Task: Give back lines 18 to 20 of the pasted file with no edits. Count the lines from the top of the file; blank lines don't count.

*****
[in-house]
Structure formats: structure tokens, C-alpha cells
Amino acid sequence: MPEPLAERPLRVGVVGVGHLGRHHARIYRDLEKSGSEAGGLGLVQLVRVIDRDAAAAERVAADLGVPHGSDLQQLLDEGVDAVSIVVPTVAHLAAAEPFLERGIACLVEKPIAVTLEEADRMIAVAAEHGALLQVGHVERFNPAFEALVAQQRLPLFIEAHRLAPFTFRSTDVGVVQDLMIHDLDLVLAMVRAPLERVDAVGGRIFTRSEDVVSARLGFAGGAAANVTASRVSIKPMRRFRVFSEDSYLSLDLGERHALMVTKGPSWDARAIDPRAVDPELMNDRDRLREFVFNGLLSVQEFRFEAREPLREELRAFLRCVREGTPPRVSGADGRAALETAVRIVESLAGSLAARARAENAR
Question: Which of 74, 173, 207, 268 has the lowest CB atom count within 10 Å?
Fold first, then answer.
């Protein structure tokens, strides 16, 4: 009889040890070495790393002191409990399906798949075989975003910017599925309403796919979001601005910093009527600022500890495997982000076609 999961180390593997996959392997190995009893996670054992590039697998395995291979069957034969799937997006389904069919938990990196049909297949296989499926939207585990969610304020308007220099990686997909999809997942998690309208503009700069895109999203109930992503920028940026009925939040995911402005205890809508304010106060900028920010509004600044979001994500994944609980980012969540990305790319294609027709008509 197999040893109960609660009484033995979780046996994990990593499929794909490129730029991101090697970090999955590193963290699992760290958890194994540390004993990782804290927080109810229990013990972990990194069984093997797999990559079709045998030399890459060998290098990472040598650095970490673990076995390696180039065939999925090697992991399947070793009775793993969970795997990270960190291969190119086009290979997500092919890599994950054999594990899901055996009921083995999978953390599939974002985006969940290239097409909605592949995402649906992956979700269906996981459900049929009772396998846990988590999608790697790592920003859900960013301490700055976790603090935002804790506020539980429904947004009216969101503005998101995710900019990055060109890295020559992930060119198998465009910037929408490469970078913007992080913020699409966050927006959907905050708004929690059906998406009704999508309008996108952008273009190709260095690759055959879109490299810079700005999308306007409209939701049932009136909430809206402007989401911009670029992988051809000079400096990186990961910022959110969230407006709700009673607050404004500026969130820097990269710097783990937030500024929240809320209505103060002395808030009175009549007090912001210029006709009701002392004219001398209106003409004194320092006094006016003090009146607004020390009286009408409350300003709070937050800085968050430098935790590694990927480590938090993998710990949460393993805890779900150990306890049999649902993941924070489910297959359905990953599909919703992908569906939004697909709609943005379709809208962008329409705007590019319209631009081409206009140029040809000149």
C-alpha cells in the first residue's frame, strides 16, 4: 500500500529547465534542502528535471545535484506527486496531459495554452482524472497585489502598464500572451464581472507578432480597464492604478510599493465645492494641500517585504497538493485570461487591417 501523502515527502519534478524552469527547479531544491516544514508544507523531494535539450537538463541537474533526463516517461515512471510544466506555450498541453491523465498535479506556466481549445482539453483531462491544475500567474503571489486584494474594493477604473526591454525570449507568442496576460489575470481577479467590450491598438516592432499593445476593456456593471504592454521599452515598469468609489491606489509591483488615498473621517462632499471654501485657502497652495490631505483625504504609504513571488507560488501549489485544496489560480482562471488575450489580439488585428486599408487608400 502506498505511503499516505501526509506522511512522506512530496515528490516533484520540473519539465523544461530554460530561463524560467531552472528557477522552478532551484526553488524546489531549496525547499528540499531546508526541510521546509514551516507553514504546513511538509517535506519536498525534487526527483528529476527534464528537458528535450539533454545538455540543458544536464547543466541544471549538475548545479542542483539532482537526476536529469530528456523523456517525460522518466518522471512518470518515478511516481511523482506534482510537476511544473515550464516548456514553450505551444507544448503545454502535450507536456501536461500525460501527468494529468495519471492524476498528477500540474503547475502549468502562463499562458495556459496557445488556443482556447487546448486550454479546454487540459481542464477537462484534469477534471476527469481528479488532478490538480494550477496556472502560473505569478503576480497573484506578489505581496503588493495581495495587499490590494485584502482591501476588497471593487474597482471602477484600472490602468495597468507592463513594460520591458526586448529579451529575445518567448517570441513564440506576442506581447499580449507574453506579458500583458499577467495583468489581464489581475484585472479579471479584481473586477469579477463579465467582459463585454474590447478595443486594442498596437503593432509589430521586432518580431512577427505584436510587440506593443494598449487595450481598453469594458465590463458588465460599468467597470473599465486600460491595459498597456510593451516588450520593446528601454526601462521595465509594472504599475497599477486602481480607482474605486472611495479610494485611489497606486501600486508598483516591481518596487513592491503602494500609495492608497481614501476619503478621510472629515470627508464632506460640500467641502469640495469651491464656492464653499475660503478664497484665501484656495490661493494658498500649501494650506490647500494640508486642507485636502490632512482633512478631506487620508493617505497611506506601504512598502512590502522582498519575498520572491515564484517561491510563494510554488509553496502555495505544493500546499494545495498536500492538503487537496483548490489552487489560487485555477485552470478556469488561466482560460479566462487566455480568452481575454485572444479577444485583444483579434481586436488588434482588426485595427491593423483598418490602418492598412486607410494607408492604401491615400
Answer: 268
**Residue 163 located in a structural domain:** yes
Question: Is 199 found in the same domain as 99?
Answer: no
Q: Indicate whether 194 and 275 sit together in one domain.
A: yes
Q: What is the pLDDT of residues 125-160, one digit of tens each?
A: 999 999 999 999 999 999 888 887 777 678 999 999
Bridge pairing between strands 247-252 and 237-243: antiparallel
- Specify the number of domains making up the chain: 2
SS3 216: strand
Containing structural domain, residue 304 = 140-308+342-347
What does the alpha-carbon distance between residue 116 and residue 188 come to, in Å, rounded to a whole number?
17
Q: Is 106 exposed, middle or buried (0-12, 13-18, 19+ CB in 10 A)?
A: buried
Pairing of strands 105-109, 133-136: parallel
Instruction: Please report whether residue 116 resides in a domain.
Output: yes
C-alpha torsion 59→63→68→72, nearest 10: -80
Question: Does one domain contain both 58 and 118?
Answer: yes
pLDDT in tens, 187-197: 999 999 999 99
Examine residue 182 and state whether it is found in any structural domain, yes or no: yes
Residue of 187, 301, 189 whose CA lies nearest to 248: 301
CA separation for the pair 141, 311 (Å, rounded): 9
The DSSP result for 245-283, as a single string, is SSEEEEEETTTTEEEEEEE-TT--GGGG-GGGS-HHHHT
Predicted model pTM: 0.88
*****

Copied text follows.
SS3 216: strand
Containing structural domain, residue 304 = 140-308+342-347
What does the alpha-carbon distance between residue 116 and residue 188 come to, in Å, rounded to a whole number?